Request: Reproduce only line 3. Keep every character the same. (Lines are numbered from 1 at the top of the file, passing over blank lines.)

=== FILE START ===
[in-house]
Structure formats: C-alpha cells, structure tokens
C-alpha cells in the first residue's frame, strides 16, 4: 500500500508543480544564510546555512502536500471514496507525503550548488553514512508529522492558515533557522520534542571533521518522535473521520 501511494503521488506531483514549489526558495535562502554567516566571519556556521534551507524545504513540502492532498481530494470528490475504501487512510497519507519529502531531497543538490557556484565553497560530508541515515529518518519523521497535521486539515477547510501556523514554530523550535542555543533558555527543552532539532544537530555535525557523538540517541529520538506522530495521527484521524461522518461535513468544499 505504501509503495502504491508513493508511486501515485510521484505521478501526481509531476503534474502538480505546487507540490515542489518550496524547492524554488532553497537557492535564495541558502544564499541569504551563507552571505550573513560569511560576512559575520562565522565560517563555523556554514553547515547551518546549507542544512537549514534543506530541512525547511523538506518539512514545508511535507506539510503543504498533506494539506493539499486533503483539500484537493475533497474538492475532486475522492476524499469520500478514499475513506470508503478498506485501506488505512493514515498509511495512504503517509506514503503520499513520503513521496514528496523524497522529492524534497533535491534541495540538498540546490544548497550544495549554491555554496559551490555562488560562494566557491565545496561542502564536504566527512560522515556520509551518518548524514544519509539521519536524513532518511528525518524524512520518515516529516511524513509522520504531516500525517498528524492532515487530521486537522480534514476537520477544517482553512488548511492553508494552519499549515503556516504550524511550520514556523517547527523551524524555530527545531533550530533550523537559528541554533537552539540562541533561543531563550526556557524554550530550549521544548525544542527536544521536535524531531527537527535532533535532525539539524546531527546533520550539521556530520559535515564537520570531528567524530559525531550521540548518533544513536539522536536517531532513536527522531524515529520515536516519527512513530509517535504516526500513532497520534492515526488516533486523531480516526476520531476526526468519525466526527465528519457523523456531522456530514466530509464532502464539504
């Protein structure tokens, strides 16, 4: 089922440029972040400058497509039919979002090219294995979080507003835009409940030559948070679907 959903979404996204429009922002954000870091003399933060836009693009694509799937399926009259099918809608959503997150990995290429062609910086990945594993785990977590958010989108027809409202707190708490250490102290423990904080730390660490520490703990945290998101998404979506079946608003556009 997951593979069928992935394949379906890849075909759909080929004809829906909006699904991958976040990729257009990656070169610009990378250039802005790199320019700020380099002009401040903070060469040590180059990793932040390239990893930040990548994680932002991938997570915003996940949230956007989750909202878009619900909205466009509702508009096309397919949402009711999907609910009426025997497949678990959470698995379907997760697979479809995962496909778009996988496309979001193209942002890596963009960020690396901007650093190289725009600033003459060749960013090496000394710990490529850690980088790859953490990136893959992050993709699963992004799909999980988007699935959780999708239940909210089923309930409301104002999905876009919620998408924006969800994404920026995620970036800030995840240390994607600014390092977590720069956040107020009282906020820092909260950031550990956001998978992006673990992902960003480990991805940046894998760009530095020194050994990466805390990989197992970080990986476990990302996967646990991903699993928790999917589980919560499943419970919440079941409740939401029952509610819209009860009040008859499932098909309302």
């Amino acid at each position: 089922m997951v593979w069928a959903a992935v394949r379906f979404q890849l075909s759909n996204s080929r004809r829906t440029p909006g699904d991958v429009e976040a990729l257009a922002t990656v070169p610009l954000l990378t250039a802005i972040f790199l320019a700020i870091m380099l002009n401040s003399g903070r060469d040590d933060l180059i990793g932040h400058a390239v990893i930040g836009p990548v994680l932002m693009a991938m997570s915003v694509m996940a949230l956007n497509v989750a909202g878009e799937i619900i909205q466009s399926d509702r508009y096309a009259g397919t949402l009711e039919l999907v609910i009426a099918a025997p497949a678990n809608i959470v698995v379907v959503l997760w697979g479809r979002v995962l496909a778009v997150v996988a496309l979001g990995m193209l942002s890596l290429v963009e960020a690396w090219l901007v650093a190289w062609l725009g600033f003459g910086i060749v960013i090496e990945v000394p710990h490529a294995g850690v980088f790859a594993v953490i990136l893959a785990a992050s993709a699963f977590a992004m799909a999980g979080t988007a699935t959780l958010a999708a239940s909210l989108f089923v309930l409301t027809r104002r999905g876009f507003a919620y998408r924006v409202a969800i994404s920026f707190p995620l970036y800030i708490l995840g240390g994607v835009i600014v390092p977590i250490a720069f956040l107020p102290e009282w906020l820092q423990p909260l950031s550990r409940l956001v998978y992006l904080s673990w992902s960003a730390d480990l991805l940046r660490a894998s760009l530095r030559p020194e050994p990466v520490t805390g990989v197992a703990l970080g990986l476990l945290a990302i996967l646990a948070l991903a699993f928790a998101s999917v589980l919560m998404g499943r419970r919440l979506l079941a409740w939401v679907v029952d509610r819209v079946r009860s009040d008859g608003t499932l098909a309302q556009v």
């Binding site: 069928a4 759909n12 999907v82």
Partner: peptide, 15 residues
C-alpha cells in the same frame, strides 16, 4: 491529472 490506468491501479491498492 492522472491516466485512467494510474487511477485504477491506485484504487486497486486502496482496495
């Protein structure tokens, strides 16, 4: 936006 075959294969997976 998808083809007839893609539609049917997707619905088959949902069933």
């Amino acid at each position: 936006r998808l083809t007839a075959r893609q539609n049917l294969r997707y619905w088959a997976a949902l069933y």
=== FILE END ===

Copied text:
C-alpha cells in the first residue's frame, strides 16, 4: 500500500508543480544564510546555512502536500471514496507525503550548488553514512508529522492558515533557522520534542571533521518522535473521520 501511494503521488506531483514549489526558495535562502554567516566571519556556521534551507524545504513540502492532498481530494470528490475504501487512510497519507519529502531531497543538490557556484565553497560530508541515515529518518519523521497535521486539515477547510501556523514554530523550535542555543533558555527543552532539532544537530555535525557523538540517541529520538506522530495521527484521524461522518461535513468544499 505504501509503495502504491508513493508511486501515485510521484505521478501526481509531476503534474502538480505546487507540490515542489518550496524547492524554488532553497537557492535564495541558502544564499541569504551563507552571505550573513560569511560576512559575520562565522565560517563555523556554514553547515547551518546549507542544512537549514534543506530541512525547511523538506518539512514545508511535507506539510503543504498533506494539506493539499486533503483539500484537493475533497474538492475532486475522492476524499469520500478514499475513506470508503478498506485501506488505512493514515498509511495512504503517509506514503503520499513520503513521496514528496523524497522529492524534497533535491534541495540538498540546490544548497550544495549554491555554496559551490555562488560562494566557491565545496561542502564536504566527512560522515556520509551518518548524514544519509539521519536524513532518511528525518524524512520518515516529516511524513509522520504531516500525517498528524492532515487530521486537522480534514476537520477544517482553512488548511492553508494552519499549515503556516504550524511550520514556523517547527523551524524555530527545531533550530533550523537559528541554533537552539540562541533561543531563550526556557524554550530550549521544548525544542527536544521536535524531531527537527535532533535532525539539524546531527546533520550539521556530520559535515564537520570531528567524530559525531550521540548518533544513536539522536536517531532513536527522531524515529520515536516519527512513530509517535504516526500513532497520534492515526488516533486523531480516526476520531476526526468519525466526527465528519457523523456531522456530514466530509464532502464539504